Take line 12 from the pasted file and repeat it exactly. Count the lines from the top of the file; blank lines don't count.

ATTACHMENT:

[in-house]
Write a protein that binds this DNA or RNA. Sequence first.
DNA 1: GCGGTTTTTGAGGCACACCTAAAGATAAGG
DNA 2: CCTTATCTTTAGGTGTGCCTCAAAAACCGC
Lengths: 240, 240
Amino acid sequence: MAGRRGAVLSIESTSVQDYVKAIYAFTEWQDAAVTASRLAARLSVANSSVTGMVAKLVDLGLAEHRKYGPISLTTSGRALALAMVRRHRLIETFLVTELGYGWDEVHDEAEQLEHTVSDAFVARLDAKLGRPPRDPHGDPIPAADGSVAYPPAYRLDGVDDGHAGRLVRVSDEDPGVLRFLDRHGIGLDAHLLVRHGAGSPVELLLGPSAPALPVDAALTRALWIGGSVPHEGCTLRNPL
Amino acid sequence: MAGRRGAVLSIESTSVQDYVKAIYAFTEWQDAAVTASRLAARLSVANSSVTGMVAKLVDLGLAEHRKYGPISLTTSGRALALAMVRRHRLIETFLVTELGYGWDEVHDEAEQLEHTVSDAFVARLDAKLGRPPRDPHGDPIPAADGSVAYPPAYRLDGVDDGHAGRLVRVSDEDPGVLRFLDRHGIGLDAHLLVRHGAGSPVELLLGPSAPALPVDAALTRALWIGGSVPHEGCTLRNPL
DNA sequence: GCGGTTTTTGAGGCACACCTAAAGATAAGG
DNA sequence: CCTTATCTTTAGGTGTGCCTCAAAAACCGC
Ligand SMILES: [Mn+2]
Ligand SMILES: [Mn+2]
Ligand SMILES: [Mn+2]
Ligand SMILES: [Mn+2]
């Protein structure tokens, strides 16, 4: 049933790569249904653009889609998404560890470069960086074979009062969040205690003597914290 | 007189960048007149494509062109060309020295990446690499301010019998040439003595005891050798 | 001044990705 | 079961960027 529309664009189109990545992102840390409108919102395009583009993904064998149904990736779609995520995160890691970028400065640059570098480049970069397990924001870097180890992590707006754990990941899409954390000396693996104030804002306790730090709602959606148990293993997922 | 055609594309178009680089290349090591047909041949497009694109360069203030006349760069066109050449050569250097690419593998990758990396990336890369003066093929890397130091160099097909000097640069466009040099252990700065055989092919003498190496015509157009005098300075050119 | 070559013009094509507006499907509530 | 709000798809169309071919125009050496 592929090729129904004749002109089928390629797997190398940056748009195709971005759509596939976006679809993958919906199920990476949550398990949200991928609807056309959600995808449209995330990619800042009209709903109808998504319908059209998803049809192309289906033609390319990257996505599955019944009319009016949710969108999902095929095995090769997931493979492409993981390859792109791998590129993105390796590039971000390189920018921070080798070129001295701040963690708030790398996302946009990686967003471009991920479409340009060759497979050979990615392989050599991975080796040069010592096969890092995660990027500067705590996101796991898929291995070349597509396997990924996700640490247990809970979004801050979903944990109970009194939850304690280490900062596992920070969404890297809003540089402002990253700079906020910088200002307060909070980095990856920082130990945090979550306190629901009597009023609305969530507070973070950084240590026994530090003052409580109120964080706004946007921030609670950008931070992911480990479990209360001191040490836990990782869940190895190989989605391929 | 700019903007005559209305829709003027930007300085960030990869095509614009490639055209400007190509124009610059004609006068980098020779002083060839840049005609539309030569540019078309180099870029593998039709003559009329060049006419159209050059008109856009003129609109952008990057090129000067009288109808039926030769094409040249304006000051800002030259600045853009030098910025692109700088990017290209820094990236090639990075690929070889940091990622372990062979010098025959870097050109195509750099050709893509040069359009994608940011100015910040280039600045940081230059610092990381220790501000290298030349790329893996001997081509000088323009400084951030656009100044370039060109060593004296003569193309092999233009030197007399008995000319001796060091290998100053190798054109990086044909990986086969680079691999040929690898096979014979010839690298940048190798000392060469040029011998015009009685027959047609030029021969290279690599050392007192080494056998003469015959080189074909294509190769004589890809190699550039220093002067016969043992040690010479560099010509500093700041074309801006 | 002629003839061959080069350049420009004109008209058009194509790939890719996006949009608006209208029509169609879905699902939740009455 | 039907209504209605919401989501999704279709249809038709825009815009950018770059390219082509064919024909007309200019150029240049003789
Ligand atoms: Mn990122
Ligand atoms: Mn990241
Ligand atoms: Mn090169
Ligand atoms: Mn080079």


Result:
Ligand SMILES: [Mn+2]